From "The Big Issue in the North', 14-20 April 2008 (writer: Martin Guttridge-Hewitt)
(NB: "Royal Medical School" should read "Royal Society of Medicine")
The use of cognitive behavioural in the treatment of chronic fatigue syndrome has come under renewed fire ahead of a Royal Medical School conference at the end of this month.
Cognitive Behavioural Therapy (CBT), currently promoted as a treatment for a range of mental conditions, it is also recommended by the National Institute for Clinical Excellence (NICE) for chronic fatigue syndrome, also known as ME which
is thought to affect some 250,000 UK residents.
CBT teaches patients to recognise their thoughts and behaviour and to take steps to change them. Unlike other talking therapies, it focuses on the here and now rather than seeking to find the root cause of the problems. But some health professionals including members of the British Psychological Society believe that advocating CBRT for chronic fatigue syndrome implies that it has a psychological origin, whereas the World Health Organisation (WHO) classifies the condition as a neurological disease, a category which includes multiple sclerosis and epilepsy.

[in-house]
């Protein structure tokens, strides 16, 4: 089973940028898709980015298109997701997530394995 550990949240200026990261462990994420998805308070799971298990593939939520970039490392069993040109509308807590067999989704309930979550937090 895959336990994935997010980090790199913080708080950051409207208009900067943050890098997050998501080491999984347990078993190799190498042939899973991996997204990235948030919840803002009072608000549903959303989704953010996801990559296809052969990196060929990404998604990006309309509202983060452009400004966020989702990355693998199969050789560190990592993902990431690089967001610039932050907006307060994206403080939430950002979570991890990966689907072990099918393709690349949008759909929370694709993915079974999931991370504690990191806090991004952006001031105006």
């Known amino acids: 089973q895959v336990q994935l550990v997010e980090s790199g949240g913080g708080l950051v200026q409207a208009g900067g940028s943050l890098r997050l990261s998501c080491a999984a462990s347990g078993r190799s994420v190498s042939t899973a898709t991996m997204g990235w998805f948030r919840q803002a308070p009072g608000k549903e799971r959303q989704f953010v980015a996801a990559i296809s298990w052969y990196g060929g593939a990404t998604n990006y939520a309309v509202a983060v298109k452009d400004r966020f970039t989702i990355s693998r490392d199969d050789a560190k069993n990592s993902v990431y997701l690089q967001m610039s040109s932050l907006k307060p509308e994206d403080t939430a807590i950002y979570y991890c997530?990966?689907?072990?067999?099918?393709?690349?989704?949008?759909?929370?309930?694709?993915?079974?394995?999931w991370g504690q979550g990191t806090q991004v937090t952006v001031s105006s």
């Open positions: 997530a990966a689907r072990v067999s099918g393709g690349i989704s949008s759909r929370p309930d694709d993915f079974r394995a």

British Psychological Society members also brand CBT as impractical, uneconomical and inflexible . And the absence of critics of CBT in the Royal Medical Schools conference is further evidence of bias, they say. “NICE’s guidelines do not accept any alternative”, said Dr Ellen Goudsmit of the BPS.
“They’re not just promoting the treatment, they are actively hyping it up and ignoring evidence that shows alternatives may be more suitable”. They are alsothe most expensive treatments available.”
A UK adaptation of WHO guidelines reclassified the condition as a mental disorder. But in 2006, a coroner attributed the death of Sophie Mirza, 32, of Brighton, to acute renal failure resulting from chronic fatigue syndrome – a verdict campaigners believe shows the condition is a physical one.
Dr Charles Shepherd, medical advisor to the ME Association (MEA), said. “The MEA does not accept the conclusion that ME and chronic fatigue syndrome is largely or wholly maintained by unhelpful beliefs and behaviours. Consequently, we would
not endorse any form of behaviour or treatment that is purely based on the idea.” A Chief Medical Officer report gives weight to this view. It found that only 7 percent of patients treated with CBT had noticed an improvement in their condition.
Commenting on the absence of BPS members from the RMS conference, Goudsmit said: “It is strange for independent psychologists to see all evidence that challenges CBT and the preferred treatment of ME and chronic fatigue being ignored by thedominant bodies in medicine”. Some health professional say the best way to treat chronic fatigue patients is with tailor-made programmes combining different medical components.